Taking KDE to the skies: Making the drone ground control Kirogi
Ivana: I nominate Eike's talk about Kirogi. It was such a cool talk that told the story of developing an app in a way that even non-devs could understand, and I think it really showcased how KDE is still going strong and taking the lead in the innovation game
Hannah: The talk was horrible.... It made me want to buy a drone
For most of the year, KDE - one of the largest free and open software communities in the world - works online by email, IRC, forums and mailing lists. Akademy provides all KDE contributors the opportunity to meet in person to foster social bonds, work on concrete technology issues, consider new ideas, and reinforce the innovative, dynamic culture of KDE. Akademy brings together artists, designers, developers, translators, users, writers, sponsors and many other types of KDE contributors to celebrate the achievements of the past year and help determine the direction for the next year. Hands-on sessions offer the opportunity for intense work bringing those plans to reality. The KDE community welcomes companies building on KDE technology, and those that are looking for opportunities. For more information, please contact the Akademy Team.Dot Categories:
KDE is all about the Apps!
We are a community of thousands of contributors who make hundreds of Apps using collaborative open source methods. Our apps run on Linux with Plasma, of course, but also fit in well with GNOME, Enlightenment, XFCE, or any other desktop you happen to be using. Many of our apps run on Windows, Android and macOS.
A new goal for the KDE community is to push how we are All About the Apps. We will be highlighting our best software and promoting it to increase its adoption outside the circle of current KDE fans (who we still love very much!). This is a monthly update of what's new in our apps. If you'd like to help out with this community goal, take a look at the All About the Apps workboard, and join us in our Matrix chat channel.App Updates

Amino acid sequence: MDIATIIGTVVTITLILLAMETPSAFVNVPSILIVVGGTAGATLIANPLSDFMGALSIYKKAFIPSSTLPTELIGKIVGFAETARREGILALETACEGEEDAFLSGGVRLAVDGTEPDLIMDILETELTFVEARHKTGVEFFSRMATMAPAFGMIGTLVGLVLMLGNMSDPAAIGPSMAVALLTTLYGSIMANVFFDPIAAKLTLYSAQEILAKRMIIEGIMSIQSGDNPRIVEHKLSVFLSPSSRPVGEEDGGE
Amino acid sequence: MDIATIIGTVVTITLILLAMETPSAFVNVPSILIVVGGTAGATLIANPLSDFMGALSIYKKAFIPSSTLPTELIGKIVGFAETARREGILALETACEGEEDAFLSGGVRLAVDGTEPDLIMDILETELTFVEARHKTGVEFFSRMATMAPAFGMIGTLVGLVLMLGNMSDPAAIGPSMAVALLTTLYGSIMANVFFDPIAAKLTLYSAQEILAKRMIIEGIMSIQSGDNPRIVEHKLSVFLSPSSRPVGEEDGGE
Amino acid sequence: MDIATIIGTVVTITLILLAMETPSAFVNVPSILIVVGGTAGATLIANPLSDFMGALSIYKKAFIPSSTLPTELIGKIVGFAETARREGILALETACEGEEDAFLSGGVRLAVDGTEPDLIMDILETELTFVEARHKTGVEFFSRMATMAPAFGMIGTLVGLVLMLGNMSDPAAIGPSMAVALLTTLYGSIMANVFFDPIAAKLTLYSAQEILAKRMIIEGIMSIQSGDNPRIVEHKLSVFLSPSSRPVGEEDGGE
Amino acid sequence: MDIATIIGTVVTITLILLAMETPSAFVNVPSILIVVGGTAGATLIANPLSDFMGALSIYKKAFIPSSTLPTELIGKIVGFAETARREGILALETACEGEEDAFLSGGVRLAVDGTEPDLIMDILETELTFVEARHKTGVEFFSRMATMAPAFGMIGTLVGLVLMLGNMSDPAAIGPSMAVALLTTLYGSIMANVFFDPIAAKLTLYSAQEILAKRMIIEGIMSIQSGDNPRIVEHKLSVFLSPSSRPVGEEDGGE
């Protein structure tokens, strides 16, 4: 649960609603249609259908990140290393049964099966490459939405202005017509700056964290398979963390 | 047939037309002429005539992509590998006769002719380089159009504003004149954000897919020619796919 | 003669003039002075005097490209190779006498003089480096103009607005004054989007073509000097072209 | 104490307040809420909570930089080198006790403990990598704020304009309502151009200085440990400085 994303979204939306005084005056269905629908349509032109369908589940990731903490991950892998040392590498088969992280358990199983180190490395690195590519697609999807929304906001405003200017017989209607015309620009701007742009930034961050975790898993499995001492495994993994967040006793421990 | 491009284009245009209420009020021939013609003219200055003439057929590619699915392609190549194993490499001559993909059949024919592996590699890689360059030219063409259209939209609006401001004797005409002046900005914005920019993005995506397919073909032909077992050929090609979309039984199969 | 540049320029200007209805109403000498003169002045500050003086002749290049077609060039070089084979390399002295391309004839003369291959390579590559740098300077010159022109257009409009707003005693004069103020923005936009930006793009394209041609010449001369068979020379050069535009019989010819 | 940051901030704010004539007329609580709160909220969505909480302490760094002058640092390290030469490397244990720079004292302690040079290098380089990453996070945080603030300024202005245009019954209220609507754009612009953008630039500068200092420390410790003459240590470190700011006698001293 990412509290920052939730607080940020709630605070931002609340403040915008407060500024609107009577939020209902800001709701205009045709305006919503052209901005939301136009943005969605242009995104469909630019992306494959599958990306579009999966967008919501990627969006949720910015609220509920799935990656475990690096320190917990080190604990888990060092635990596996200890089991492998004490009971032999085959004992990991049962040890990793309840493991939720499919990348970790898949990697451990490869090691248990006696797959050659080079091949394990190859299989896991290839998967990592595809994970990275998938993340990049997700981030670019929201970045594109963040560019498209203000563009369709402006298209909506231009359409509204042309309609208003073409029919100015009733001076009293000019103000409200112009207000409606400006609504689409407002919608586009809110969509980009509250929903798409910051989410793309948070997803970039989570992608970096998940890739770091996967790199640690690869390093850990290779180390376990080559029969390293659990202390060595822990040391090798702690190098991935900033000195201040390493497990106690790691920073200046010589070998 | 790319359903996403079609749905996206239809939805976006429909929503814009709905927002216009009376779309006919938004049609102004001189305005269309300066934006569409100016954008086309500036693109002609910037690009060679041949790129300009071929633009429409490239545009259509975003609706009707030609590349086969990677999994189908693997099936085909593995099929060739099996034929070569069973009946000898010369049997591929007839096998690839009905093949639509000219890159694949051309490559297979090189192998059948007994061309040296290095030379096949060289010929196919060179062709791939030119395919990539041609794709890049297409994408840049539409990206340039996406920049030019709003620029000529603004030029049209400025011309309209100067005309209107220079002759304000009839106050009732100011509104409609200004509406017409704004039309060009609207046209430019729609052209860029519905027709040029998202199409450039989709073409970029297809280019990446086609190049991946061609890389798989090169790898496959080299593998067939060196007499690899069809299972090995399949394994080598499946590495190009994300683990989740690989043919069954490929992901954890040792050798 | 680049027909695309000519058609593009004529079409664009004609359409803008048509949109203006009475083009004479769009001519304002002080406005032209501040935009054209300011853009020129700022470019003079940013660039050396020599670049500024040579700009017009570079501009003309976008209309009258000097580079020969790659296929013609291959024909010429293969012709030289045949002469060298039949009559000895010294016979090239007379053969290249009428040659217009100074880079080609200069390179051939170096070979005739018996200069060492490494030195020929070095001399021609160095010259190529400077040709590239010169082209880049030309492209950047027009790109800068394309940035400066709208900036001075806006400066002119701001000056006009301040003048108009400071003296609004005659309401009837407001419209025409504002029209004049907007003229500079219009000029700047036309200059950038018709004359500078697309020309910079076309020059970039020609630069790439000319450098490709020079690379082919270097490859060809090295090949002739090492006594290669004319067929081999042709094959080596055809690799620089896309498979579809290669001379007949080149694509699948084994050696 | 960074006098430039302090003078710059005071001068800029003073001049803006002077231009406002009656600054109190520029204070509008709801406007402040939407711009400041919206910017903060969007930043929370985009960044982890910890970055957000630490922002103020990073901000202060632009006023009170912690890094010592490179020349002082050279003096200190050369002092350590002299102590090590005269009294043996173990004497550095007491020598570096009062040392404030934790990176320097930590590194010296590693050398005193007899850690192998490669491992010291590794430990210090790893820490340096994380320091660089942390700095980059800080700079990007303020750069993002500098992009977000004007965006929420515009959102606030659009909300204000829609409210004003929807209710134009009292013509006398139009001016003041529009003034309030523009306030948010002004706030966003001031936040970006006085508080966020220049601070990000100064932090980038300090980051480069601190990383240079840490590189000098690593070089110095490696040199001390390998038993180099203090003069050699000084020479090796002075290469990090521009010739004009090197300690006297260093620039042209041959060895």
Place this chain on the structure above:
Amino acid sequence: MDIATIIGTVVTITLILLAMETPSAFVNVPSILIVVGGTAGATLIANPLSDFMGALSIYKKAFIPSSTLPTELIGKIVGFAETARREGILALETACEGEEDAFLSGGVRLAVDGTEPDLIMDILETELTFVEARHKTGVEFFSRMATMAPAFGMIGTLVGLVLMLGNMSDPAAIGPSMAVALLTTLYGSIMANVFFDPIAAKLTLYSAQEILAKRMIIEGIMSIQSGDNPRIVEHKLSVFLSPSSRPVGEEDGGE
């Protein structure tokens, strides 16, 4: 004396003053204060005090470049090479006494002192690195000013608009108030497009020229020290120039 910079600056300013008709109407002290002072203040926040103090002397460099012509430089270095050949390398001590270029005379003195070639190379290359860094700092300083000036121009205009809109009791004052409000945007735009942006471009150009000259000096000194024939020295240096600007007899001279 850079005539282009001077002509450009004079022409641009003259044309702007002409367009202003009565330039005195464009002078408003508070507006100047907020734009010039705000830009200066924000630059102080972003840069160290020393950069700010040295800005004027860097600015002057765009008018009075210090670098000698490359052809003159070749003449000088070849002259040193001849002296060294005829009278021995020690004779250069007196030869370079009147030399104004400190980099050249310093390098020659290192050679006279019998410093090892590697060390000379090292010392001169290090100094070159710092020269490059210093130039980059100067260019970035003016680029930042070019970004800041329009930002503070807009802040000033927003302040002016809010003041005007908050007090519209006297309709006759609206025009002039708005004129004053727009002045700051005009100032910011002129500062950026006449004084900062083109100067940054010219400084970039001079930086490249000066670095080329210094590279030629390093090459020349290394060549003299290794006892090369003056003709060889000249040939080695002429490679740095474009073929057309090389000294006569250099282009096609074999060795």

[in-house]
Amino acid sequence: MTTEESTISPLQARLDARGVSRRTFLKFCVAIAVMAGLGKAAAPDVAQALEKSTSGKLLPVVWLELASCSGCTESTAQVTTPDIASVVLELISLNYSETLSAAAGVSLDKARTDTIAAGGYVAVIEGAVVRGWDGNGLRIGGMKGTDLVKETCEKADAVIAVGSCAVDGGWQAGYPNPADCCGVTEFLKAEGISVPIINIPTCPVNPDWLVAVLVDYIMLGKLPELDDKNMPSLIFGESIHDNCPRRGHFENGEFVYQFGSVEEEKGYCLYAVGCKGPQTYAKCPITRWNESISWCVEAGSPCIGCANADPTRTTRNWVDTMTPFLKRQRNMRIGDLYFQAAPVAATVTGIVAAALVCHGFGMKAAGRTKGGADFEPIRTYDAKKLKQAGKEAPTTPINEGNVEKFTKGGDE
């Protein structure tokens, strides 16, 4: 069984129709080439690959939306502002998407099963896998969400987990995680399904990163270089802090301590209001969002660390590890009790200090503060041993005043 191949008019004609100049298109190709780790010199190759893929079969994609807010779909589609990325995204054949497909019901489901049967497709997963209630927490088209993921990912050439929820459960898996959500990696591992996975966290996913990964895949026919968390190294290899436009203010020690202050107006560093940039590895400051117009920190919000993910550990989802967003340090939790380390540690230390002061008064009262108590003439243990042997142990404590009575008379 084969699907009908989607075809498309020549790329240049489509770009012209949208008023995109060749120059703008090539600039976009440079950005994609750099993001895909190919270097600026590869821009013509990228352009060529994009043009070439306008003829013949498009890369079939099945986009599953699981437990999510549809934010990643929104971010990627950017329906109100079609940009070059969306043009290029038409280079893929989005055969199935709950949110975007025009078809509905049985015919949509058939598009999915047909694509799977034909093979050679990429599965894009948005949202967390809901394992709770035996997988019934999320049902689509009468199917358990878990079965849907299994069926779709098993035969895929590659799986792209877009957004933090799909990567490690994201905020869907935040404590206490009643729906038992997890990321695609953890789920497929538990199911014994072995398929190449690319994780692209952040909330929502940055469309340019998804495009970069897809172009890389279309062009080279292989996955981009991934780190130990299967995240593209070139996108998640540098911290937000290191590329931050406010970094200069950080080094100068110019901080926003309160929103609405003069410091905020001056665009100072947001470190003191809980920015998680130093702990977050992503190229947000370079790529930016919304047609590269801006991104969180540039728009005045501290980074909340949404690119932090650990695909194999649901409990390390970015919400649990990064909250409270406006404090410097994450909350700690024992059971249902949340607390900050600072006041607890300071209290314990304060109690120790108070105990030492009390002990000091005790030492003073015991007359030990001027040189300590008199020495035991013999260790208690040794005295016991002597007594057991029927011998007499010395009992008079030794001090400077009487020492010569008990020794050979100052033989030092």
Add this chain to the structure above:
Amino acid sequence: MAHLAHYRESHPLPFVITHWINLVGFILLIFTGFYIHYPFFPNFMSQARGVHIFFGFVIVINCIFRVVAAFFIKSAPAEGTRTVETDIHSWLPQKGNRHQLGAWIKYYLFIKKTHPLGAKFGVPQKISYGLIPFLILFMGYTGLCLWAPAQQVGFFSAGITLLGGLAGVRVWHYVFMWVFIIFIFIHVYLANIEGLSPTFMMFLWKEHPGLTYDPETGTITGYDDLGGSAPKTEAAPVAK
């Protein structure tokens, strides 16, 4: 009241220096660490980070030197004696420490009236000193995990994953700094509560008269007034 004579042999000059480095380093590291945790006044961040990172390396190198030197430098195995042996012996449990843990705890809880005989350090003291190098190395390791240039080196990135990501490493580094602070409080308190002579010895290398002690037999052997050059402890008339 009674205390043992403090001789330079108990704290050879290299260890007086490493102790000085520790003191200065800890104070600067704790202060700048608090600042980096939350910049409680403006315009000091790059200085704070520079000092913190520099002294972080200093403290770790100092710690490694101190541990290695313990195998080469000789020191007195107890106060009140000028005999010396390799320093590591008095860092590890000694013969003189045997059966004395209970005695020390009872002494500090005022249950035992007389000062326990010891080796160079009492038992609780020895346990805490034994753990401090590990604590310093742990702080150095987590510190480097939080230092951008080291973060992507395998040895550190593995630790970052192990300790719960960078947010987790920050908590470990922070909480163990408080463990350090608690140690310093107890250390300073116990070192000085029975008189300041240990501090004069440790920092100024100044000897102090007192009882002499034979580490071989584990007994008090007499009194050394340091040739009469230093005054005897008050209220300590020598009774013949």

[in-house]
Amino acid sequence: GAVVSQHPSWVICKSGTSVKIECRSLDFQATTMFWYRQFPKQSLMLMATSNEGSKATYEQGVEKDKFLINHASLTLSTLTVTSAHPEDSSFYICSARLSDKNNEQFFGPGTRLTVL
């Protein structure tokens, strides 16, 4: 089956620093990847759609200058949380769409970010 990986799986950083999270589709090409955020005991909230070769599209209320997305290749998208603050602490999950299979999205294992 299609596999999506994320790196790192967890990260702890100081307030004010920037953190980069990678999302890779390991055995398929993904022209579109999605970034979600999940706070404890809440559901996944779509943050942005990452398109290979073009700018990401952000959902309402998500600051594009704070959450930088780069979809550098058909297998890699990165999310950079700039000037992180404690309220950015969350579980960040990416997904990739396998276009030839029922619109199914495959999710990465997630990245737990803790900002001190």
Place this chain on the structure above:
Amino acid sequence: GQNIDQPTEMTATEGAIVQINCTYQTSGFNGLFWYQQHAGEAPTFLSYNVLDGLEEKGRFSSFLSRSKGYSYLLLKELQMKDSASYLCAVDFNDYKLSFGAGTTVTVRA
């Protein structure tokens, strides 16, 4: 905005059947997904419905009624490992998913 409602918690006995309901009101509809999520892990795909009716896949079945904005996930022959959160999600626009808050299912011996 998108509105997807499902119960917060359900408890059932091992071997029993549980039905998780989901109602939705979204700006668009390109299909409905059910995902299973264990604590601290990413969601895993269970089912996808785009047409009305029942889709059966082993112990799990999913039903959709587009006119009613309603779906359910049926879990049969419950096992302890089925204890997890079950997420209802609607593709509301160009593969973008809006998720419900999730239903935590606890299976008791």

The elite painting app Krita received a monthly bugfix release, 4.2.7. The developers have improved the layout and functionality of the color selection dialog, and made it possible to save group layers to file layers even if they are empty. The sort order of images imported as frames was fixed, a bunch of crashes removed, and dozens of other bugs tidied up.
To celebrate, the Krita team also made a video with artist Ramon Miranda that offers some advice for improving your sketches. Krita is available in your favorite Linux distribution, for Windows, macOS, as a Linux AppImage, on Flathub, and in the Snap store.
KMyMoney, the app for managing your finances, also got a new release - 5.0.7. This release introduces updates required for the new regulations of the Payment Services Directive, which affects the online capabilities for German bank users.
To make KMyMoney compatible with those regulations (especially the strong customer authentication part), developers had to adapt it to updated APIs of the Gwenhywfar and AqBanking libraries which provide the banking protocol implementations.
Coming from KDE and used by many of us, the distributed compiler cluster Icecream and Icecream Monitor have been updated. The new release improves Objective C and C++ support, removes hardcoded compiler paths, and fixes job preloading to again allow sending one extra job to a fully busy node. In the monitor app several new ice cream flavors have also been added, we're not quite sure what this means but it sounds delicious.
In the last month, Latte Dock (panel for the Plasma desktop) had two new releases, making improvements to its new Win Indicator look.
KDevelop, the discerning coder's IDE, published a bugfix release - 5.4.2. You can get it from your Linux distribution or as an AppImage, and you can also compile versions for Windows and macOS.
RSIBreak, the app that helps you prevent damage to your wrists got a new release versioned 0.12.11.
Photo management and editing app digiKam released the version 6.3. The highlight of the new release is the G'Mic plugin.